“In spite of what happened, we have no other refuge than the state. If we lose hope in the state, we enter chaos,” he said.
The government stepped down on October 29 but stayed on in a caretaker capacity and no overt efforts have so far been made to form a new one, as an economic crisis brings the country to the brink of default.
On Tuesday morning, dozens of protesters had gathered near the law courts in central Beirut and tried to stop judges and lawyers from going to work, demanding an independent judiciary.
Employees at the two main mobile operators, Alfa and Touch, started a nationwide strike.
Many schools and universities were closed, as were banks after their employees called for a general strike over alleged mistreatment by customers last week.

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The UN’s special coordinator for the country, Jan Kubis, urged Lebanon to accelerate the formation of a new government that would be able “to appeal for support from Lebanon’s international partners.”
“The financial and economic situation is critical, and the government and other authorities cannot wait any longer to start addressing it,” he said.
The leaderless protest movement first erupted after a proposed tax on calls via free phone apps, but it has since morphed into an unprecedented cross-sectarian outcry against everything from perceived state corruption to rampant electricity cuts.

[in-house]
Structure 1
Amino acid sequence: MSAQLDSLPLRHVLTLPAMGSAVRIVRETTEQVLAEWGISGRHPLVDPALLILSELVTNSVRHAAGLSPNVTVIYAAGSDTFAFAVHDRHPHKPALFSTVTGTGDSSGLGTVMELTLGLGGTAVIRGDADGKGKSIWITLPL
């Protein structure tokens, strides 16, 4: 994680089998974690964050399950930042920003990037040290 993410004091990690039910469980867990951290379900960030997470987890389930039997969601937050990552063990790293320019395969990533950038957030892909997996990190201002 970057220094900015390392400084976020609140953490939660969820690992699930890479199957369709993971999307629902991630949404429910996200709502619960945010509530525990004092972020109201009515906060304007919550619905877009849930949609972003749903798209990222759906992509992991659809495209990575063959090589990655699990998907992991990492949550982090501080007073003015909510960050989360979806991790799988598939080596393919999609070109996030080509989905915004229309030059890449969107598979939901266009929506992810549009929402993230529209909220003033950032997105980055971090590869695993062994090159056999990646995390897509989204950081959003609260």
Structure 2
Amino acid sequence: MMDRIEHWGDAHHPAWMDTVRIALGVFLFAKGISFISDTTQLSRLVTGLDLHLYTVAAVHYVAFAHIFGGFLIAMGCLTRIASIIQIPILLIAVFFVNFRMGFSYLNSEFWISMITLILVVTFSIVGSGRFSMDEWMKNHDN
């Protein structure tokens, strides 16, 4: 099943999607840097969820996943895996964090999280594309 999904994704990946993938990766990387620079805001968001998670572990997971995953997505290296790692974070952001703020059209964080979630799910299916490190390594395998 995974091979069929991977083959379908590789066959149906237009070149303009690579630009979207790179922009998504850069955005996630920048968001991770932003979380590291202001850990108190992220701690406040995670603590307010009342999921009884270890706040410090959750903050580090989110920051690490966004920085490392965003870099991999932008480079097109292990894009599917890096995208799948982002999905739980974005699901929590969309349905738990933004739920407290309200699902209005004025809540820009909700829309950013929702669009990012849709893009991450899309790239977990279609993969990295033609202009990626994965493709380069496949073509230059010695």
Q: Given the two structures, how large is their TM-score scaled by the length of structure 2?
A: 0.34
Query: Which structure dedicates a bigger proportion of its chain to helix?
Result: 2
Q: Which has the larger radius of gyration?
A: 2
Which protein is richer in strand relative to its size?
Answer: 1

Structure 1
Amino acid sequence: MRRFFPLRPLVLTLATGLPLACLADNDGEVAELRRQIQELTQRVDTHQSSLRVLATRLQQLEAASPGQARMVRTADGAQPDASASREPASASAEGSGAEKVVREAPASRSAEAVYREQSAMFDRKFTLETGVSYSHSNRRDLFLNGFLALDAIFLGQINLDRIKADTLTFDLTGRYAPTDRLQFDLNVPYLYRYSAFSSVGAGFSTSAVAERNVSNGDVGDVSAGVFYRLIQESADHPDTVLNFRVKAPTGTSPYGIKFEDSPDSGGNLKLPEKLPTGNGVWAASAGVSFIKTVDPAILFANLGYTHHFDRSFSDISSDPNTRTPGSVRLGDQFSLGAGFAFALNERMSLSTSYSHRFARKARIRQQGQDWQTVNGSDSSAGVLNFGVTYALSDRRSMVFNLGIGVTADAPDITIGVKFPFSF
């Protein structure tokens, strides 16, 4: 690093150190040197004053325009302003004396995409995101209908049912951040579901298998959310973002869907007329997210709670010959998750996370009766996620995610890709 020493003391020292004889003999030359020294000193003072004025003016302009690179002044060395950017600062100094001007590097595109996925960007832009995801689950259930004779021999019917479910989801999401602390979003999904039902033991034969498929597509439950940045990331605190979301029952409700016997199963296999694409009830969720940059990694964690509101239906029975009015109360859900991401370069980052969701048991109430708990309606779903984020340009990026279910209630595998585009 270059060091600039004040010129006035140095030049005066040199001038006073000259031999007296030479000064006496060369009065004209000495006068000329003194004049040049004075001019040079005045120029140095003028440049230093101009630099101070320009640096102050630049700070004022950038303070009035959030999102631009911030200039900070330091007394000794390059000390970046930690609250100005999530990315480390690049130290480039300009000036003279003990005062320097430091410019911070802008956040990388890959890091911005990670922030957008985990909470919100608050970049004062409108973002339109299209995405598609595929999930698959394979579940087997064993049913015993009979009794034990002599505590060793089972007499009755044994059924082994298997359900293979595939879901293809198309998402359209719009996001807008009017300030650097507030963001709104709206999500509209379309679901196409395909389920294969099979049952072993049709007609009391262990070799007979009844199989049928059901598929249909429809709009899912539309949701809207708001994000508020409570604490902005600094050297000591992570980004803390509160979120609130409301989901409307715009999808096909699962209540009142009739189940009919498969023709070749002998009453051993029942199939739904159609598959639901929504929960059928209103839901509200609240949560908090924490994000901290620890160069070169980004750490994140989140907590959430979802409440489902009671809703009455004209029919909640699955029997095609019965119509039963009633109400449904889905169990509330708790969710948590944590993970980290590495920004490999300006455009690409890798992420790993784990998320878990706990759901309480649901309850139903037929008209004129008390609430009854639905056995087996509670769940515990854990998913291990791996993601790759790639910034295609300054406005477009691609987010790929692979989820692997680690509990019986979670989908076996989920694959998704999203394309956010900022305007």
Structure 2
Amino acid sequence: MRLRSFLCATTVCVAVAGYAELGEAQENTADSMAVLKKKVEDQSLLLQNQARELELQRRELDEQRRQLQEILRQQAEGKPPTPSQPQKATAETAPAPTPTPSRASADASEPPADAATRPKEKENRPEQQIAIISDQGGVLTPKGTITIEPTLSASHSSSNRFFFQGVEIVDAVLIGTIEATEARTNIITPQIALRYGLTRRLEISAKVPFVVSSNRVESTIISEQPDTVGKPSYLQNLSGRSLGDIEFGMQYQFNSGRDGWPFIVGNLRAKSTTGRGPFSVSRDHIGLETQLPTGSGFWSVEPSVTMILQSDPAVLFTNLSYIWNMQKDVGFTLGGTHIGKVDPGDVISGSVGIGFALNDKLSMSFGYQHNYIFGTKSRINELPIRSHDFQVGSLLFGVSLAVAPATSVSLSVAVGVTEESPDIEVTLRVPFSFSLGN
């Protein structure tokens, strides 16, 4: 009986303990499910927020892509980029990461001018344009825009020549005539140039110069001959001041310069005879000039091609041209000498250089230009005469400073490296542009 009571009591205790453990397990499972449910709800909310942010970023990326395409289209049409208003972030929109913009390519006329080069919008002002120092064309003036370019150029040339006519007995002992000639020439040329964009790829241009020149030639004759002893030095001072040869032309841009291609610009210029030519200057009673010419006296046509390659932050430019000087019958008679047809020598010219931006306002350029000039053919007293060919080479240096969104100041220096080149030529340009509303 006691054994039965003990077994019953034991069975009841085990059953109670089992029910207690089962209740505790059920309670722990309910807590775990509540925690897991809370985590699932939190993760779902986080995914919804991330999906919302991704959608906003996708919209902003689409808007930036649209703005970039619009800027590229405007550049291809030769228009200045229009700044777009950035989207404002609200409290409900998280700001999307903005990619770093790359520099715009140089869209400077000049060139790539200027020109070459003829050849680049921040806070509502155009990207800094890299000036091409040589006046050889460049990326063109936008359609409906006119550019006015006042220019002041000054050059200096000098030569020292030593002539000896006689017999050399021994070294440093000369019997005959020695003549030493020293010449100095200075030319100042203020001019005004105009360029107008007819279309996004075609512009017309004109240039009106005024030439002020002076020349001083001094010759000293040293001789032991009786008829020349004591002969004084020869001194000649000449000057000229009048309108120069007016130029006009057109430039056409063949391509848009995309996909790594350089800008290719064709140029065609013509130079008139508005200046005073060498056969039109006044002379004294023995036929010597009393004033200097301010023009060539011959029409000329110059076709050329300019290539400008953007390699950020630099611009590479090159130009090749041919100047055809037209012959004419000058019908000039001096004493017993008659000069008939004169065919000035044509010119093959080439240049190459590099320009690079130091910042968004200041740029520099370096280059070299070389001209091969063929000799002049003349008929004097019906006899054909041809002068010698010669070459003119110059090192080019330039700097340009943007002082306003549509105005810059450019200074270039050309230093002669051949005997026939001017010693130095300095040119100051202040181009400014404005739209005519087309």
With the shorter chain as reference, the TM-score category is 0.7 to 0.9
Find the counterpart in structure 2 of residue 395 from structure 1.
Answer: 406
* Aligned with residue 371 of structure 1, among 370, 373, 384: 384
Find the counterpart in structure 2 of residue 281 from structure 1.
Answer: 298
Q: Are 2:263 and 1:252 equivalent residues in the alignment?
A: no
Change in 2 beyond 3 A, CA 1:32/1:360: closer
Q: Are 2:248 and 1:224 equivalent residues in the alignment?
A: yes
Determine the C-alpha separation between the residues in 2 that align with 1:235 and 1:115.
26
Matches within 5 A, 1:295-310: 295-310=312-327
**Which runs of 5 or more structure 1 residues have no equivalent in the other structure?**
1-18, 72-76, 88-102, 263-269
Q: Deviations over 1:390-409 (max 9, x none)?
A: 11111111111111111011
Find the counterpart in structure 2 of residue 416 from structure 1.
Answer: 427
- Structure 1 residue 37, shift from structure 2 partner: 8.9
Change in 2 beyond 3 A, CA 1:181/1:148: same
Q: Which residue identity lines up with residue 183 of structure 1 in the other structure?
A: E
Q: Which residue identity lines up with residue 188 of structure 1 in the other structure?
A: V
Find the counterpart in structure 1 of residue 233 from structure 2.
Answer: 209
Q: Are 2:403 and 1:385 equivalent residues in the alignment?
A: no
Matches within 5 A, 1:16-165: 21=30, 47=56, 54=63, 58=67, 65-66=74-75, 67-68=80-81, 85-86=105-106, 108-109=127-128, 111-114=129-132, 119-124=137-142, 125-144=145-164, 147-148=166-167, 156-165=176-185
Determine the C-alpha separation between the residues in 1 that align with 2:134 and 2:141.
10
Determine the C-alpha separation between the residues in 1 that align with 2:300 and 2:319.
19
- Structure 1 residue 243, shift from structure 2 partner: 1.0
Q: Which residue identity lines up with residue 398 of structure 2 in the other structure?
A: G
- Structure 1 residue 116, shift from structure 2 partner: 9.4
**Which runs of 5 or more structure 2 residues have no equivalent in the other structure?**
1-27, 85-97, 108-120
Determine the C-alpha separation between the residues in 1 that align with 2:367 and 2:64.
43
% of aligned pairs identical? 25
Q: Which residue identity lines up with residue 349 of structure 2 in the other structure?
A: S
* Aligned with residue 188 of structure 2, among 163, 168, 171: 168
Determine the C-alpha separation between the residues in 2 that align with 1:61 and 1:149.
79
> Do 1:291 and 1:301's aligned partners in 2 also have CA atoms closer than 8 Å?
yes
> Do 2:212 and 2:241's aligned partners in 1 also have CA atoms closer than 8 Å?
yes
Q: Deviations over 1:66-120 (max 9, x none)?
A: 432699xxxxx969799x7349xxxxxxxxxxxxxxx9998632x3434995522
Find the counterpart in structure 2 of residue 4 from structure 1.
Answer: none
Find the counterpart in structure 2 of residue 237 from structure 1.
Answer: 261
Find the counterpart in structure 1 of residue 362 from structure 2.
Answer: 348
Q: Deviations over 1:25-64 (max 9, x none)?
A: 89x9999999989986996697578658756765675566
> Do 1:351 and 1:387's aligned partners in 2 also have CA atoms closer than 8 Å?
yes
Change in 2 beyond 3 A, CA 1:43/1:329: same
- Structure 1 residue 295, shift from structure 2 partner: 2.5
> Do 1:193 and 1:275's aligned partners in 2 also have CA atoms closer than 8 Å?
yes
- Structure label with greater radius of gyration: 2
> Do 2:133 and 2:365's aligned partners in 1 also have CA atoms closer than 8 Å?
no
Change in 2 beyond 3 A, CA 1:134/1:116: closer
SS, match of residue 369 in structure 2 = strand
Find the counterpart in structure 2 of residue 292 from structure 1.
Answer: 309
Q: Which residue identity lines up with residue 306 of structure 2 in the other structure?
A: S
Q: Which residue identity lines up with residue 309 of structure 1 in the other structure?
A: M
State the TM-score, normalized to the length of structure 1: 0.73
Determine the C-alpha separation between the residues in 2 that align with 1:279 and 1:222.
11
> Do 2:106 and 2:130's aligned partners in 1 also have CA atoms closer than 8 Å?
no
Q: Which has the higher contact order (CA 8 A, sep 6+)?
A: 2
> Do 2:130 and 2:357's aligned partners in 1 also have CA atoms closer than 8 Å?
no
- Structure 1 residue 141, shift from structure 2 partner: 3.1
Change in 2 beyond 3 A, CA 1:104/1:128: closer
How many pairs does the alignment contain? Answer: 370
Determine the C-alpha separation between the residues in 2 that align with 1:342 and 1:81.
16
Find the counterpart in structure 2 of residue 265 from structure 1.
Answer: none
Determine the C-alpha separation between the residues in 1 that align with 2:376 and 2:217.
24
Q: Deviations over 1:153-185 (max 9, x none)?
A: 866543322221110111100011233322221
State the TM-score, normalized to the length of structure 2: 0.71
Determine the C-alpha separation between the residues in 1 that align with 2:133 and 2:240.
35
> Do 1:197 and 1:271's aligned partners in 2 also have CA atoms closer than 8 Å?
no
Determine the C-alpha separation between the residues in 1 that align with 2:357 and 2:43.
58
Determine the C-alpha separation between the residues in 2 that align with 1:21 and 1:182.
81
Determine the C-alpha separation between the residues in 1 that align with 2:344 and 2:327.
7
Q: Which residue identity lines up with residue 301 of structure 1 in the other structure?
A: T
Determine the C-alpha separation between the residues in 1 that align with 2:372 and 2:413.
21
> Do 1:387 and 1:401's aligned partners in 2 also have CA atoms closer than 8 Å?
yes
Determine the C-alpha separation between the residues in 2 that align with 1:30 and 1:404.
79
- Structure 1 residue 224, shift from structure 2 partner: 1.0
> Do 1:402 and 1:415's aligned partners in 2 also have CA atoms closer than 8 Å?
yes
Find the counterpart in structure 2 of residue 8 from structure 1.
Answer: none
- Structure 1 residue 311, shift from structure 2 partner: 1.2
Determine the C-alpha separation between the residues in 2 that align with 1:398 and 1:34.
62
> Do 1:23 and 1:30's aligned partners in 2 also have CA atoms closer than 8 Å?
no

Demonstrators say they are fed up with the same families dominating government institutions since the end of the 1975-1990 civil war.
In his televised address on Tuesday, Aoun proposed a government that includes both technocrats and politicians.
“A technocratic government can’t set the policies of the country” and would not “represent the people,” he said in the interview on Lebanese television.
Asked if he was facing pressure from outside Lebanon not to include the Iran-backed Hezbollah in a new government, he did not deny it.
But, he said, “they can’t force me to get rid of a party that represents at least a third of Lebanese,” referring to the weight of the Shiite community.
The latest crisis in Lebanon comes at a time of high tensions between Iran and the United States, which has sanctioned Hezbollah members in Lebanon.
Forming a government typically takes months in Lebanon, with protracted debate on how best to maintain a fragile balance between religious communities.
The World Bank says around a third of Lebanese live in poverty and has warned the country’s struggling economy could further deteriorate if a new cabinet is not formed rapidly.